Public Health, Alcohol, and Persisting Myths
by Aurelijus Veryga
In principle, the goal of any public health policy is to make people’s lives in terms of health problems as boring as possible. When people don’t have to worry about their health, they can live out their normal lives, they can spend time with their families, they can work. Here is why I think lives in Europe are not boring enough yet.
Health issues are surrounded, unfortunately, by a range of persisting myths. Let me pick one of the most damaging to public health in my view: It is the idea that tobacco and alcohol are different in their effects on people’s health and well-being. When we look at how the debate on tobacco is shaped across Europe, it is common sense that there is no "safe" level of tobacco consumption. It is also common sense that there aren’t any health benefits from smoking. This message is clear and it is well understood.
When we look at alcohol, though, we see a completely different picture, in fact we see manipulation. This manipulation aims at – and it is very successful in doing so – making people think there are certain benefits of drinking alcohol, that it actually can be good for your health. So essentially the argument is: as long as people drink responsibly, whatever that means, they are not harming but are doing something good for their health. This is utter nonsense, though. When an individual starts to drink, we cannot predict whether he or she will be an alcoholic. Whether or not we become dependent once we start to consume alcohol regularly is up to many factors, e.g. our genes and our metabolism, and it basically is a lottery. There is no overall "safe limit" for alcohol for everyone. Just as with tobacco.
But why does this myth persist among people?
It has to do with the market and political control (or rather the lack of the latter). The market for alcohol has become more and more global. We know that, for example, the global production of beer is held in very few hands. It is not anymore like it was in Belgium or Germany, where the small breweries used to make beer in local communities for local consumption. Of course they still exist, but now we have big brands, big companies dominating most of the market in the world. The same trend is true for wine and hard liquor.
The big players in this market spend a lot of money on marketing and we can see the effect: despite increasing efforts to communicate the dangerous impact of alcohol, consumption in Europe remains high. According to the WHO, the European Union is the heaviest-drinking region in the world and the WHO European Region (which includes more countries than the EU) has the highest proportion in the world of total ill health and premature death due to alcohol. For the entire region, alcohol consumption is only decreasing very slowly, and in some countries, especially in Eastern Europe, consumption has even increased. Here we can see that the drinking habits of the younger generation are different from the ones of their parents: not only do the young drink more but they also drink different kinds of alcohol. In my home country Lithuania, for example, the older generation prefer liquors like brandy or vodka. They believe that this kind of alcohol is healthier (another myth). The younger generation in contrast drinks beer, wine, and cider and are then confident to say “We are not alcoholics!”.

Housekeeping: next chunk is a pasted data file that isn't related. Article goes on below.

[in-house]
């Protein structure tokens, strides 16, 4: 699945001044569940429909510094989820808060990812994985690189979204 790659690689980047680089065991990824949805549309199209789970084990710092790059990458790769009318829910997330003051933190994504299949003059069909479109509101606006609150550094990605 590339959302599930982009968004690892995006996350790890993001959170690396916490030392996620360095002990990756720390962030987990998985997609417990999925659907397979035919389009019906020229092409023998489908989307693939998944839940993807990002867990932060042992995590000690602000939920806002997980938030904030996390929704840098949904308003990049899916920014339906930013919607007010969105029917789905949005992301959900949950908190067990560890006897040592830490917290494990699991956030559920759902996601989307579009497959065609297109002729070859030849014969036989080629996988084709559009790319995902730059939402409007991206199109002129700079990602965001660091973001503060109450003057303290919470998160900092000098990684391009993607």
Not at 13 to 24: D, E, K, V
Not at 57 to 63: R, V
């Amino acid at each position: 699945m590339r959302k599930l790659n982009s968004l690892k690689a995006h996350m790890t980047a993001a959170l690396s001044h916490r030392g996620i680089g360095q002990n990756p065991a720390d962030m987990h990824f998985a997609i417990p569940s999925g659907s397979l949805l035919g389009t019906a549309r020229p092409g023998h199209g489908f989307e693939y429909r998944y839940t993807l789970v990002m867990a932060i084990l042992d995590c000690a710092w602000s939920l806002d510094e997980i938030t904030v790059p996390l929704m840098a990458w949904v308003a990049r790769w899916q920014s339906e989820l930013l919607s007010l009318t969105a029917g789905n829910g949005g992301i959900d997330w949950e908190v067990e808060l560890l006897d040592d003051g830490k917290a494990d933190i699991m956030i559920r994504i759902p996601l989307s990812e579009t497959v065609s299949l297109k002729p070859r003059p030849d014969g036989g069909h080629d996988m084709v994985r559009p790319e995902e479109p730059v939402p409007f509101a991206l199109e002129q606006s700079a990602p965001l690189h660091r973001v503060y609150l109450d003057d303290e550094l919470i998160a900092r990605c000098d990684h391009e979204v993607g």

Now, marketing alone is not the problem. Also tobacco companies have had big marketing machineries. The problem is the lack of alcohol control in Europe. Whereas for tobacco we have the EU Tobacco Products Directive and its revision, which is legally binding, there is no equivalent for alcohol. At the EU level, alcohol is still treated as a food product and then again it is not even regulated like other food products. There is no labelling, no calorie count. To put it in one sentence: Alcohol control is in the Stone Age in the EU.
What Europe therefore needs are EU-wide measures to support the member states in establishing effective alcohol control mechanisms. This is especially true for smaller countries which are too weak to resist the pressure from big multinational companies. That was clearly understood with tobacco, but it is not with alcohol.
What we also need to do is making people believe one thing: not drinking is at least as normal as drinking. Nowadays in many places people consider not drinking as not normal. Everyone of us has been in or can imagine a situation where it is not socially accepted to refuse a glass of wine or beer. If you still do, you are pressured to join in or exposed to jokes. We have to help those who are already motivated to change their behaviour: they need to feel that they are socially accepted, and that they are indeed very normal people – with hopefully boring lives when it comes to health problems.
About the author:
Aurelijus Veryga, President of the Lithuanian National Tobacco and Alcohol Control Coalition, Professor and Head of the Health Research Institute at the Lithuanian University of Health Sciences, Kaunas/Lithuania.